Tag Archive: fishing


one frozen lake

One Frozen Lake by Deborah Jo Larson, illustrated by Steven Johnson and Lou Fancher

A boy and his grandfather head out on the frozen lake to go fishing.  They drill through four inches of ice and set up their canvas ice shack.  Inside they open their tackle box and have four watery holes to fish through.  Other join them out on the ice and cocoa is shared, but after seven hours they haven’t seen a single fish.  They play cards together and wait until night falls then, a fish!  A ten incher and a keeper!  But the boy has different ideas than a fish dinner.  This picture book captures the quiet times spent fishing out on the ice with a loved one.  It’s sure to appeal to children who have headed out themselves and waiting those long hours for just one bite.

Larson nicely weaves numbers and counting into her words in this book.  One frozen lake, two friends, three bundles of gear, four inches of ice, five hours to wait.  Then she starts again from one, building her poetic story upon the foundation of counting.  But this is not a counting book, instead it is a celebration of Minnesota winters and family.

The art here is exceptional.  The story above the ice is shown in realistic paintings that show with accuracy the relationship between grandfather and grandson.  The tones are bright, sun-filled but also cold as a northern winter should be.  Below the ice is a completely different world.  There the images are done as collages with whimsical old-fashioned touches taken from signs and flyers.  The result is a pairing that shows the stark difference between surface and depths.

Growing up on a Wisconsin lake, this picture book brought back many memories of walking the frozen lake and seeing the shanties.  It’s sure to do the same for many grandparents and grandchildren.  This is definitely a keeper!  Appropriate for ages 4-6.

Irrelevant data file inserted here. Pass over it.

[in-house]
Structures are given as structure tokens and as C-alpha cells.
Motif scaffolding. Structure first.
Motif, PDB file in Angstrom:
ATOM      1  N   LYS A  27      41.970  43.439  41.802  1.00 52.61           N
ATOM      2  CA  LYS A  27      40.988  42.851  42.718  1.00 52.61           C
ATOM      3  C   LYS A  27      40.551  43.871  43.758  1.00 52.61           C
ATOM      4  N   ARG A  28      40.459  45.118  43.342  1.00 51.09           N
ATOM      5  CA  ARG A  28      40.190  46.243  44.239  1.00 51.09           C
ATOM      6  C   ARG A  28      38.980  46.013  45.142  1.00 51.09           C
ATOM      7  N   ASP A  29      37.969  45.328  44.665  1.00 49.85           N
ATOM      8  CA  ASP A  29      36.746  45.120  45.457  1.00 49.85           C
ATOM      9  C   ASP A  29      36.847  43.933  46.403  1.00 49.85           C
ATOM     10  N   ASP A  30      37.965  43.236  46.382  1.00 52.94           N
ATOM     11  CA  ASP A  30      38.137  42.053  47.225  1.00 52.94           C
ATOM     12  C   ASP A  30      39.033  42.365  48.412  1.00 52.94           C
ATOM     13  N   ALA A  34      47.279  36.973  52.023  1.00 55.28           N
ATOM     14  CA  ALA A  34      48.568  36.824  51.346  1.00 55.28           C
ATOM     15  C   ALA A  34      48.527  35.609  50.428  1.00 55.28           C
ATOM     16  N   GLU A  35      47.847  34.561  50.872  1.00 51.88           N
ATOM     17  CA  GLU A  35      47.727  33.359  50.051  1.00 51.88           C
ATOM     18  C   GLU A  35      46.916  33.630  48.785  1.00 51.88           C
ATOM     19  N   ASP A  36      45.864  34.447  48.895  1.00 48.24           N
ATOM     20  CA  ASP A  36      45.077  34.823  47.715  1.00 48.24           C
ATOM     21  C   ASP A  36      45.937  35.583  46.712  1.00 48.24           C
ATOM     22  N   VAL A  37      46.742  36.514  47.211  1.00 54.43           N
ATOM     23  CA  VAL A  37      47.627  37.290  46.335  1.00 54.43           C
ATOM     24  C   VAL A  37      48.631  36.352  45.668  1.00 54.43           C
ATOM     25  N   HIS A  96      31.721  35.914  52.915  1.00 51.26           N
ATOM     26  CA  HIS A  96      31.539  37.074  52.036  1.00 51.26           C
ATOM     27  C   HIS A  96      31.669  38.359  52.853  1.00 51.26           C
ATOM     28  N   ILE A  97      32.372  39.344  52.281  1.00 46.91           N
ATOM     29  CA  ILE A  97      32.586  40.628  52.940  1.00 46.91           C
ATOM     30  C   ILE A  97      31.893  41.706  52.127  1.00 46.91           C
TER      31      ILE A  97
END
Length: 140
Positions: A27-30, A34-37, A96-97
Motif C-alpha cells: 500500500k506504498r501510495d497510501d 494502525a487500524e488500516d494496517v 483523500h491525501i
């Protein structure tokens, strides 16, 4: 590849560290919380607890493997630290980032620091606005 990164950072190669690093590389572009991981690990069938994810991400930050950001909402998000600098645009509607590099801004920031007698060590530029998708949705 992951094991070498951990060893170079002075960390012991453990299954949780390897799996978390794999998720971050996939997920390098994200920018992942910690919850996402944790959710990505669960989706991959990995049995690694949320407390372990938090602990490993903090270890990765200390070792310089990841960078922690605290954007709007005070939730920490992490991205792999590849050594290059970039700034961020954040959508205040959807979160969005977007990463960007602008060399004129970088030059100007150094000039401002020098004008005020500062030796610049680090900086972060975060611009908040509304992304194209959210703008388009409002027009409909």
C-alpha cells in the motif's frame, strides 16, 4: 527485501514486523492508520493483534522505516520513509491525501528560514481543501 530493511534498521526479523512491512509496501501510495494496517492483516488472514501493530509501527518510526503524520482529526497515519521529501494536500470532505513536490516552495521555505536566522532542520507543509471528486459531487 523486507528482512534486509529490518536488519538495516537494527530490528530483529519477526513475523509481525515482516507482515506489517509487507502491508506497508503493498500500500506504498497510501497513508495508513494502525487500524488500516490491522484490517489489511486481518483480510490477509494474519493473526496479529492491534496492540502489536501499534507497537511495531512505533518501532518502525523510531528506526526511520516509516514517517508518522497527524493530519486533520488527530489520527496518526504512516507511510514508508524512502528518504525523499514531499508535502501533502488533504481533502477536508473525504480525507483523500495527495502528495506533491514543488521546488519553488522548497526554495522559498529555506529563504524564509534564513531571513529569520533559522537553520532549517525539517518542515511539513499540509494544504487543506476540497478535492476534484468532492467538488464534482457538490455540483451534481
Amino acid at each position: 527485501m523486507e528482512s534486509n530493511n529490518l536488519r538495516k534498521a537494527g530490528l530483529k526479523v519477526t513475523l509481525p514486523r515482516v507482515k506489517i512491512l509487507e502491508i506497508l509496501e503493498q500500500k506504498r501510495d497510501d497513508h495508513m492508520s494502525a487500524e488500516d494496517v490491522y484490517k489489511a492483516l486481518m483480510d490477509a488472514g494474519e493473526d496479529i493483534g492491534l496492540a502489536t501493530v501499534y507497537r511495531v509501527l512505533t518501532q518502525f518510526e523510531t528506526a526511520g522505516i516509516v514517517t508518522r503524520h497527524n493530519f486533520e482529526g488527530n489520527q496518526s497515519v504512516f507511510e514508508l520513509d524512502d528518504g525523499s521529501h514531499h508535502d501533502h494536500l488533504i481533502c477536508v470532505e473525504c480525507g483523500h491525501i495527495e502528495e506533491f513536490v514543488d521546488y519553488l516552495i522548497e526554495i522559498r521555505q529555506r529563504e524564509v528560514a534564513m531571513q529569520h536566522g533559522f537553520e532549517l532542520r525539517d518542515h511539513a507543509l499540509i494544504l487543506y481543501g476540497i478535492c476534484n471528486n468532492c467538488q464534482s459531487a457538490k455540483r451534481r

Reviewed from library copy.

That’s Papa’s Way by Kate Banks, illustrated by Lauren Castillo

A little girl and her father head out fishing together.  They dig worms together, Papa dangling them from his fingers and her touching them only with her shovel.  That’s her way.  Together the two of them launch the boat onto the lake and put their lines in the water.  They wait.  And wait.  And wait.  Each reacting to the waiting in their own way.  The relationship of the two characters allows them each to be individual, each loving the time together and showing it in their own way.  The refrain of “That’s his way” and “That’s my way” are used just often enough for them to impart a rhythm to the book, never becoming overbearing or jarring.

Banks writing is just as gentle and patient as sitting in a boat with waves lapping.  She doesn’t hurry the story and feels no need to create excitement or danger in this gentle tale.  It is lovely in its sense of family, honor of individuality, and overall peacefulness.  Castillo’s illustrations reflect that same gentle style with their rich colors and thick lines.  She captures the feel of a day on the lake in her images.

Highly recommended, this gentle book will be enjoyed by youngster who enjoy fishing and is perfect for a Father’s Day story time or any time that a gentle read is needed.  Let’s hope that this peace and grace floods into the parents who come to our libraries too.

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